44 Years of BMW M Cars.

Many thanks to Cameron for talking to me on the day - you can follow his British Rally Championship season on his website and social media accounts below:

Twitter: @cameron_davies

Tuesday, 4 April 2017

Sunday Drives - American Muscle, Devil's Beef

Spring has sprung! And in a much more wholesome way than we’re used to in Scotland.

This brings the obvious benefit of good weather, but with that sunshine comes a litany of motorbikes, cyclists, horses and sun-seekers with caravans-in-tow out of hibernation and on to the road network.

I don’t have a problem sharing the road with other road users, but many of us who prefer to travel on four wheels know the frustration of hitting the umpteenth mile of 40mph pootling behind a caravan that just won’t yield, while all the bikers zip past astride their insectoid machines.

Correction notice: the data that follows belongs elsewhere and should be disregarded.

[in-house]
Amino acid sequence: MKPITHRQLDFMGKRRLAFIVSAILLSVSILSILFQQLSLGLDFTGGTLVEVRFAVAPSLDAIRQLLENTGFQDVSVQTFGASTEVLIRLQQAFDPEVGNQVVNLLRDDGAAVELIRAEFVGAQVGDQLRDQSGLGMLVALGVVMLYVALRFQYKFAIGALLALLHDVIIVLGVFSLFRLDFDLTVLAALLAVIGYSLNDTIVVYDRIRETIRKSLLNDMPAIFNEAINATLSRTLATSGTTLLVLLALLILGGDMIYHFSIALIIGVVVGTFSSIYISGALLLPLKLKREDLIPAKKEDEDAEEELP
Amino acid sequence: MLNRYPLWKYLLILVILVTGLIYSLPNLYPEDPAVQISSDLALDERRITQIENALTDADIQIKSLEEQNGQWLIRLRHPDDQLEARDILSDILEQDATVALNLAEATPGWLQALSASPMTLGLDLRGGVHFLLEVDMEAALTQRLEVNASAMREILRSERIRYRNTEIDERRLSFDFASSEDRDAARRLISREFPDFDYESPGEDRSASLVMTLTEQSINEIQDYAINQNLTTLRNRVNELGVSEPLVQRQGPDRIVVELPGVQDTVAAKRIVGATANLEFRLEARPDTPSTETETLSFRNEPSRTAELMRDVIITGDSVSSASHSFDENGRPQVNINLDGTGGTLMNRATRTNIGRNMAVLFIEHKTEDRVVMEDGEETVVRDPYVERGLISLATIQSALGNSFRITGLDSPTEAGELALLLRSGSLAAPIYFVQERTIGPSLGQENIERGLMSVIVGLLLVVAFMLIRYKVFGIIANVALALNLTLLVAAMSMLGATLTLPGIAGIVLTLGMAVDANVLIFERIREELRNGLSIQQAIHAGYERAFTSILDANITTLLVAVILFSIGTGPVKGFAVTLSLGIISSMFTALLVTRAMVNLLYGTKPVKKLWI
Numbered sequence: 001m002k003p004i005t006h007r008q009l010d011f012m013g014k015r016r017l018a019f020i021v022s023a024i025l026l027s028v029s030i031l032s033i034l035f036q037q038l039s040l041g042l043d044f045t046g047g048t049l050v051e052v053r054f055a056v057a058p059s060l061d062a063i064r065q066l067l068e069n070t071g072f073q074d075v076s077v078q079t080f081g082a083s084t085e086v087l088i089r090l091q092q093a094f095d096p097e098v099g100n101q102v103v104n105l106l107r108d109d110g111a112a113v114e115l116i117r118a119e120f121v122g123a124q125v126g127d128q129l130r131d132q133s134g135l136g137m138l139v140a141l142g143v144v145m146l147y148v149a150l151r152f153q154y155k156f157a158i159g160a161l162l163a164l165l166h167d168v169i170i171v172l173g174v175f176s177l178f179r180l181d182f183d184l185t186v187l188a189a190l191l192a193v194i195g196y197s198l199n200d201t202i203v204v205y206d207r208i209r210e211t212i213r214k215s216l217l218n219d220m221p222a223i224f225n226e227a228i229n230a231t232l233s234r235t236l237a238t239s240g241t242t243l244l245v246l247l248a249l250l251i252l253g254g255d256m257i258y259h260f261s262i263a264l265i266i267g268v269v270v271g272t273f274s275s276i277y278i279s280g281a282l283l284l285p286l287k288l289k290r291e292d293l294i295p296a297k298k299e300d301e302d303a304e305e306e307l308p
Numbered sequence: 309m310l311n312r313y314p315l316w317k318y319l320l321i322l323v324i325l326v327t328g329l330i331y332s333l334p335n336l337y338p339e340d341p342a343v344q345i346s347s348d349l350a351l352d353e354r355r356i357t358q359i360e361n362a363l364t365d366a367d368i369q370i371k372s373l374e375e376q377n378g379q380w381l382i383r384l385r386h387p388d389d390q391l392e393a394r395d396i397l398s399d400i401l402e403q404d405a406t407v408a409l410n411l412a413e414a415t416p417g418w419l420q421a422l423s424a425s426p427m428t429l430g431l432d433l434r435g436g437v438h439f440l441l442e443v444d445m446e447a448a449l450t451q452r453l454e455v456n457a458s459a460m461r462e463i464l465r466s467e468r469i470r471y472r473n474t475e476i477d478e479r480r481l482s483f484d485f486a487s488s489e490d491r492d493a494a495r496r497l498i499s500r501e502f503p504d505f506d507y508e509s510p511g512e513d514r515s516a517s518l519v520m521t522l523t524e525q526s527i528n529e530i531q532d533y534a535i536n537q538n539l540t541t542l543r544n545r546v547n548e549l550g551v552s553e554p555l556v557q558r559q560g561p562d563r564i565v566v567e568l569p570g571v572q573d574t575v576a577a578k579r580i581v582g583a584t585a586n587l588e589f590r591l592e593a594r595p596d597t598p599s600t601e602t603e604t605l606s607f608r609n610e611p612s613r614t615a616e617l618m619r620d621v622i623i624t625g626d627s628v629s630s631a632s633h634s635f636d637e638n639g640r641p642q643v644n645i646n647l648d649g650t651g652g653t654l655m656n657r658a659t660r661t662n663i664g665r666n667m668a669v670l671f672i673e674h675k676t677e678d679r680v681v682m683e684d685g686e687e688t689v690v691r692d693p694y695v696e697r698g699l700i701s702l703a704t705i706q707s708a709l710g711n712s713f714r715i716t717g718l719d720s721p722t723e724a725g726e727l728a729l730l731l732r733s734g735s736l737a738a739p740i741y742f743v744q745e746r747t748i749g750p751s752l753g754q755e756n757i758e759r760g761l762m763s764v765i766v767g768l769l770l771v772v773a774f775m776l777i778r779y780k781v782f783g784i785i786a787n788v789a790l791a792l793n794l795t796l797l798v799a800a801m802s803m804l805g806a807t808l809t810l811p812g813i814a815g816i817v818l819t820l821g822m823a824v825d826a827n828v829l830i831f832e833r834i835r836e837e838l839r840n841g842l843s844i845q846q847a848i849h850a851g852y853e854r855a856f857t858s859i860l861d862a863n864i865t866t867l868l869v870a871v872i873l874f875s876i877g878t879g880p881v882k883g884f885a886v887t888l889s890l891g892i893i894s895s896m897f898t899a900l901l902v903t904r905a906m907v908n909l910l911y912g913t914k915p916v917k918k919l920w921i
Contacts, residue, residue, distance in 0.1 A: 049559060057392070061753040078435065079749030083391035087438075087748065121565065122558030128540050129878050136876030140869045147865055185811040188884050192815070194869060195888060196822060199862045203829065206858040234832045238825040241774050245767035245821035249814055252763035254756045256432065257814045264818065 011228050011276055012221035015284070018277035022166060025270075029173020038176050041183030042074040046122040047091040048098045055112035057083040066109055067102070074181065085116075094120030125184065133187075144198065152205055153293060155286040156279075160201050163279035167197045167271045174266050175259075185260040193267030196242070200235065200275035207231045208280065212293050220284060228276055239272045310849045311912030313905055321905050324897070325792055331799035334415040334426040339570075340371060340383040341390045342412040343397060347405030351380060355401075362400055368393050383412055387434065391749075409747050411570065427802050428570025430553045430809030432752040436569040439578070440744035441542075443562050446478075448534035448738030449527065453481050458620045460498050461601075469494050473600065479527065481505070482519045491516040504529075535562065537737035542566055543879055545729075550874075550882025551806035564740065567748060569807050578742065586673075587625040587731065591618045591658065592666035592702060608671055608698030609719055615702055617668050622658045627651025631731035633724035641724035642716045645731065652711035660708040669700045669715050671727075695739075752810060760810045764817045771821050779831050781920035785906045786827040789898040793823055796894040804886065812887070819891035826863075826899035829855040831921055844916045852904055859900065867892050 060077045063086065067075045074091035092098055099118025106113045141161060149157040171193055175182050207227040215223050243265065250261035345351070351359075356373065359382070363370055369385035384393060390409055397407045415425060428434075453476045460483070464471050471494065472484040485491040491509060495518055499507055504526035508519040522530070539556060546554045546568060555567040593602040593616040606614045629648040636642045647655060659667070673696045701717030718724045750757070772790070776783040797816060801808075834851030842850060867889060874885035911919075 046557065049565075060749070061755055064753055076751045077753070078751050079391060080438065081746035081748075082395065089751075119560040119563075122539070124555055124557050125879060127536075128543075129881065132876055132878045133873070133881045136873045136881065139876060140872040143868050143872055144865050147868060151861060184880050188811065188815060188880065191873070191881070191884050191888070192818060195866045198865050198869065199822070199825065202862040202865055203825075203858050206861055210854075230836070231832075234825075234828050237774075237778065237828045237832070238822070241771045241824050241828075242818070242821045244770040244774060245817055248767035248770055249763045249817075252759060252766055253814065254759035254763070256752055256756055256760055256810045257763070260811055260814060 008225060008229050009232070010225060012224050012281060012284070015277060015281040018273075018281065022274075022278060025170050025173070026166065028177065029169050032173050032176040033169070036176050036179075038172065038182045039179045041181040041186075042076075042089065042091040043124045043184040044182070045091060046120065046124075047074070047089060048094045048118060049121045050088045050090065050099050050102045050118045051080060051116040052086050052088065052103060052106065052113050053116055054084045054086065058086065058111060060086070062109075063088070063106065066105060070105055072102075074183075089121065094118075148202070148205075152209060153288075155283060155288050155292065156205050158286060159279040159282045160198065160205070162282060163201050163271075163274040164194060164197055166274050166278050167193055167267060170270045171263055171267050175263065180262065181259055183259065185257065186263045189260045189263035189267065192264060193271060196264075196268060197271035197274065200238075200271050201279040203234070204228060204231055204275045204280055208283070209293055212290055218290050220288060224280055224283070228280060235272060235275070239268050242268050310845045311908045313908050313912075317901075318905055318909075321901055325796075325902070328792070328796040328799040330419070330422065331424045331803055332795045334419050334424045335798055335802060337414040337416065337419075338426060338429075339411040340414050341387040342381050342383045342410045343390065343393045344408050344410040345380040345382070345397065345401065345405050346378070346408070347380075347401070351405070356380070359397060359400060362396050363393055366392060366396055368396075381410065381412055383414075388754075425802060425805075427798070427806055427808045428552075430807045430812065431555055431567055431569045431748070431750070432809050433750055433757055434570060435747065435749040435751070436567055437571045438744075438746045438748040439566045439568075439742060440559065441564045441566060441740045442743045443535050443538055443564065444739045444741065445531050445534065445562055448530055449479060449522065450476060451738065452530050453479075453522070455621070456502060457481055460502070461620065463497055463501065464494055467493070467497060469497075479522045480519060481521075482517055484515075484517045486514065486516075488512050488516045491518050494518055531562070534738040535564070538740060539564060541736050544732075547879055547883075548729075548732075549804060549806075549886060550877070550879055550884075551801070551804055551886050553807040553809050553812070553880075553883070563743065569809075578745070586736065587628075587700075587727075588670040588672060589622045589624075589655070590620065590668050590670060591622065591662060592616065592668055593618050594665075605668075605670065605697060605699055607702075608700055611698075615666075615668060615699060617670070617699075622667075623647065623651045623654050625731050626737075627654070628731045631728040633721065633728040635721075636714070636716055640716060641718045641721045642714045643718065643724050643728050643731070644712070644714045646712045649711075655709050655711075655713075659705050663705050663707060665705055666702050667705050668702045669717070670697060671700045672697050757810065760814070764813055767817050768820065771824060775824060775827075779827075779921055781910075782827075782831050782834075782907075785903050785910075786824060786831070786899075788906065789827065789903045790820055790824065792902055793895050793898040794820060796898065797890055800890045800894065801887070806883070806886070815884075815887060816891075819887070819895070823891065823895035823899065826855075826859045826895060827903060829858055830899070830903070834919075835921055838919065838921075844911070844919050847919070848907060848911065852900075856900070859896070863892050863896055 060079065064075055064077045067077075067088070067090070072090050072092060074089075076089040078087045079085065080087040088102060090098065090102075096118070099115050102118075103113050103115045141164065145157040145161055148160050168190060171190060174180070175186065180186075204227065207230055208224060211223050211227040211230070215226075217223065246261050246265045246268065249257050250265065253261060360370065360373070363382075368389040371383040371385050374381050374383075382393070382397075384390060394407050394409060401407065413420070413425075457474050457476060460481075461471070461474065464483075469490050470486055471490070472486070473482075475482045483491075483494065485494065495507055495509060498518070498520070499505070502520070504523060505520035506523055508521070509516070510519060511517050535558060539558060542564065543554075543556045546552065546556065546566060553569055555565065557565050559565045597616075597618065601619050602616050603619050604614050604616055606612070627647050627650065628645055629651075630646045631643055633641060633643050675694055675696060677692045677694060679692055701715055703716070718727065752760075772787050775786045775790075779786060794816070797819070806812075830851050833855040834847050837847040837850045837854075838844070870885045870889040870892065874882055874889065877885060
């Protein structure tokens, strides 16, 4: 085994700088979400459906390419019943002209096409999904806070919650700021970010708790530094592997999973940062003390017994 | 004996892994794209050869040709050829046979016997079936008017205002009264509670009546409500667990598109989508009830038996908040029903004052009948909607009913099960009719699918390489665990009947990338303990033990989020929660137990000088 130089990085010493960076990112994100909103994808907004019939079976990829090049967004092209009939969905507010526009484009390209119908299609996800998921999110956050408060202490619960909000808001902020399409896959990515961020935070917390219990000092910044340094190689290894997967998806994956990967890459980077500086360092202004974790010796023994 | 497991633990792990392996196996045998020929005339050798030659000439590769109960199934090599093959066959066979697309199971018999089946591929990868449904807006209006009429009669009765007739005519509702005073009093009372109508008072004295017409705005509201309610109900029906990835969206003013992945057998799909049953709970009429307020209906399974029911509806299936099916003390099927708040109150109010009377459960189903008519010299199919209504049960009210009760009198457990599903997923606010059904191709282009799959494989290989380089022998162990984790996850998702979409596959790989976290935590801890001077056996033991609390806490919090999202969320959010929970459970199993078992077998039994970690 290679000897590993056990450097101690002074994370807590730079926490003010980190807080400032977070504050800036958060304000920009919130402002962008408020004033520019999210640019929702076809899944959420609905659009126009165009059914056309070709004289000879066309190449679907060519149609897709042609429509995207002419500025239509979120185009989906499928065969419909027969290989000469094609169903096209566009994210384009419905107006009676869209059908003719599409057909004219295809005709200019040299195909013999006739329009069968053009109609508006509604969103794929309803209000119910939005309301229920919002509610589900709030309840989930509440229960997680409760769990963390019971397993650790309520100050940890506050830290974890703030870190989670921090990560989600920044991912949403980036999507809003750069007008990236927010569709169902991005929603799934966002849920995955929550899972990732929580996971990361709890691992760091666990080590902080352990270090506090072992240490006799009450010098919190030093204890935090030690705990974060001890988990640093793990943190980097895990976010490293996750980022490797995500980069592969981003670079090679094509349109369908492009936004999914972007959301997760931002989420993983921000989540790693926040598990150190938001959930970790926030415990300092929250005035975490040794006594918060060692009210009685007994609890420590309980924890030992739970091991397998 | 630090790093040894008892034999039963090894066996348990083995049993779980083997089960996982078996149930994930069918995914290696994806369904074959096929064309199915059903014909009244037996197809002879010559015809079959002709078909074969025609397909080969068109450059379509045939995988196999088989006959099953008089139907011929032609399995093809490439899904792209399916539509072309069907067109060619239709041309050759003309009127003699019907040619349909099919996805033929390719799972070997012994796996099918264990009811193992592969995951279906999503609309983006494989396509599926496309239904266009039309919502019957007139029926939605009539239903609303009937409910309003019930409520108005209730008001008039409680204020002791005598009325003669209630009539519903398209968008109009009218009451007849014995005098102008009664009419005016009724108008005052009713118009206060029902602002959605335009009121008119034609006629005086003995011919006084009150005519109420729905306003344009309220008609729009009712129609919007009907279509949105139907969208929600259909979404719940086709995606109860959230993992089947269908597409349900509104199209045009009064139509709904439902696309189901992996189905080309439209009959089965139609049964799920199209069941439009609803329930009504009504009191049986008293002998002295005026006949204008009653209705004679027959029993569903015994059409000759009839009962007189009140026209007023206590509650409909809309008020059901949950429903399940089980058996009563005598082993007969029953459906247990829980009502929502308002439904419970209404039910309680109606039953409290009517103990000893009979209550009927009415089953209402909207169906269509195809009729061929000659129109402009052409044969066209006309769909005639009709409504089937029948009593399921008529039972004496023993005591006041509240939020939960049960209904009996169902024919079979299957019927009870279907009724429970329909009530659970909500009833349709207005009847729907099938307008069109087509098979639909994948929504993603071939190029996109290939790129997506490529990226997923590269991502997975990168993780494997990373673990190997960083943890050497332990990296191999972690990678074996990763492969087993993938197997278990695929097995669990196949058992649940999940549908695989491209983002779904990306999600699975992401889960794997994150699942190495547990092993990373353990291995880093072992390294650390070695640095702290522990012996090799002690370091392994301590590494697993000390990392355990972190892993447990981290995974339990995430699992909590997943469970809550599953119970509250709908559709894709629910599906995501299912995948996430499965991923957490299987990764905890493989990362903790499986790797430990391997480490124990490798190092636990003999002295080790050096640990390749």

This past Sunday, however, I was happy to trundle along at a sedate pace, in a fair-weather convoy of a rather different kind. On my jaunt back from visiting family in Dumfriesshire to Edinburgh on one of my favourite stretches of road, I came upon quite a special cavalcade.

Cresting the peak of the rollercoaster strip of the A701, which winds and whips its way around the Devil’s Beef Tub, a Pontiac Trans Am pulled out of the view point lay-by and into my way. Far from a regular sight in these parts, I was even more astounded to see it was following a Shelby GT500 Mustang, with another V8 monster joining the road behind me.

The pace of these cars was gentle to say the least, so I zipped by them and set myself up at a lay-by further up the road to grab some pics and footage, which I have to share today.